Dr. John Archibald Ruddick

Dr. John Archibald Ruddick

JUNE 6, 1862 - MARCH 4, 1953

Dr. John Archibald Ruddick witnessed the growth of Canada’s dairy industry over a life nearly a century long, being involved in many of the developments along the way. Dr. Ruddick was born on a farm just outside In Ingersoll, Ontario. In 1866 Jonathon Jervis built the Maple Leaf Cheese Factory on the corner of the Ruddicks’ farm. Dr. Ruddick would take up occasional work throughout his youth at the factory, grafting him to the industry he would devote his life to.

In 1880 Dr. Ruddick moved to Vittoria, Norfolk County, Ontario where he took up his first full-time job at a cheese factory. In the Spring of 1882 Ruddick moved on to Lancaster, Ontario quickly advancing to become the superintendent of the “Allengrove Combination” then a group of 34 cheese factories. Dr. Ruddick worked tirelessly to expand the company’s, and by extension Ontario’s, dairy industry. In one spring, he built and opened 17 factories doing all the steam fitting to effective and sustainable standards with his own hands. Through his work, Dr. Ruddick contributed to the rise of the dairy industry in a time before education or government programs had come into effect.

In 1889 Dr. Ruddick became the instructor for the Dairymen’s Association of Eastern Ontario. In 1891 Dr. Ruddick was hired into the staff of the Dominion Dairy Commission and in 1894 he was assigned the role of superintendent for the newly established Eastern Dairy School in Kingston, Ontario. In this time period, Dr. Ruddick became one of the first to learn how to learn how to administer the Babcock test in Canada and taught this knowledge to others. Ruddick also opened Canada’s first winter creamery in this period, by converting an old cheese factory in Woodstock, Ontario to suit the new innovation.

Dr. Ruddick received his greatest honour in 1904. He was appointed as Dominion Dairy Commissioner, a position he would hold for the next 28 years. Dr. Ruddick introduced a vital records-based herd improvement system, colloquially known as “Cow Testing”. He also focused on spreading knowledge westward once Ontario was well-developed. Dr. Ruddick frequently spoke at conferences in Winnipeg and did important work to provide early dairy education to farmers in Alberta and Saskatchewan. Dr. Ruddick had promoted the dairy industry in those provinces back when both still belonged to the Northwest Territories, showing his determination in reaching out to Canadians no matter how far-flung.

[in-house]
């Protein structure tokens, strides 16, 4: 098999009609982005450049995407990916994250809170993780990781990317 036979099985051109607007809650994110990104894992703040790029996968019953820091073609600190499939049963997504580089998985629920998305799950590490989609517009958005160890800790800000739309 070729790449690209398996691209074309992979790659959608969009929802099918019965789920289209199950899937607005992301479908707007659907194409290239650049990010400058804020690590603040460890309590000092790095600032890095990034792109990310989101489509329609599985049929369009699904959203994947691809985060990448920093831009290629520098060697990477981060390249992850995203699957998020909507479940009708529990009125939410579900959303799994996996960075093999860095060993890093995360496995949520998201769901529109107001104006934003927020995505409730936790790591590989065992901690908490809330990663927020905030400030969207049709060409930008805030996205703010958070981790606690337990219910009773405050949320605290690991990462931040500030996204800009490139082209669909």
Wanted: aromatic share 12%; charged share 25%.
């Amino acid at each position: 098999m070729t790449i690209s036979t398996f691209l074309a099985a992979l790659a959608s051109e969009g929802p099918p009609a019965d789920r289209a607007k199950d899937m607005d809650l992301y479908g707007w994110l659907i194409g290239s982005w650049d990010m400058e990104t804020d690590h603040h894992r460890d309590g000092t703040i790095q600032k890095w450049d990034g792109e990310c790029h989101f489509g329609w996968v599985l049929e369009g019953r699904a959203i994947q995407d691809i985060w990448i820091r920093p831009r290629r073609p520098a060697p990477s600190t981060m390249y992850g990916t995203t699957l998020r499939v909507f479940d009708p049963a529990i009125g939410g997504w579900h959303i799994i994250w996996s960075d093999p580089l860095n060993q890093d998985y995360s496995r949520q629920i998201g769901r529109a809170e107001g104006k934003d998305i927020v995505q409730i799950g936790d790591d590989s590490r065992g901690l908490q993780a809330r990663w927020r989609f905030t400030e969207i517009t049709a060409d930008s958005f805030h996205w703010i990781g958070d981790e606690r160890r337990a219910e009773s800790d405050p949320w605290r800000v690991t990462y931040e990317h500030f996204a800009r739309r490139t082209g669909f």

Dr. Ruddick represented Canada internationally at numerous dairy conferences and events. He visited the United Kingdom, the Netherlands and various other European countries. Additionally, in 1923 he traveled to Australia and back to New Zealand to bring new information and techniques back from the other side of the planet. His goal was always to make Canadian dairy better by incorporating innovations from abroad. However, those efforts could stand only alongside his endeavors to spread the knowledge attained domestically.

That same year, Dr. Ruddick published an advertisement offering Helen G. Campbell’s pamphlet “Why and How to use Milk” for free to any interested party that mailed him an address. He also organized the grading of butter and cheese for export, a decision that proved vital to increasing and maintaining quality of Canadian dairy products.

In 1924 Dr. Ruddick obtained his title when he was awarded a Doctor of Laws degree by Queens University for his outstanding service to the dairy industry. Ruddick was struck by a motor vehicle in 1931 and persevered through another year of work but chose to retire in 1932 at 70 years of age.

Dr. Ruddick married Fort Covington, New York native Harriet Emily Congdon. Together they had one daughter, Marion. Dr. Ruddick spent much of his time off with his family at their summer residence in Wakefield, Quebec, until the property was sold in 1949. Ruddick died on March 4th, 1953 and was survived both by his family and by the years of work he put into expanding and improving Canada’s dairy industry. His career was perhaps best summed up by former Manitoba Premier John Bracken who lauded him as “The master mind of the dairy industry in Canada”.

Celebrating 150 Years of Canadian Agriculture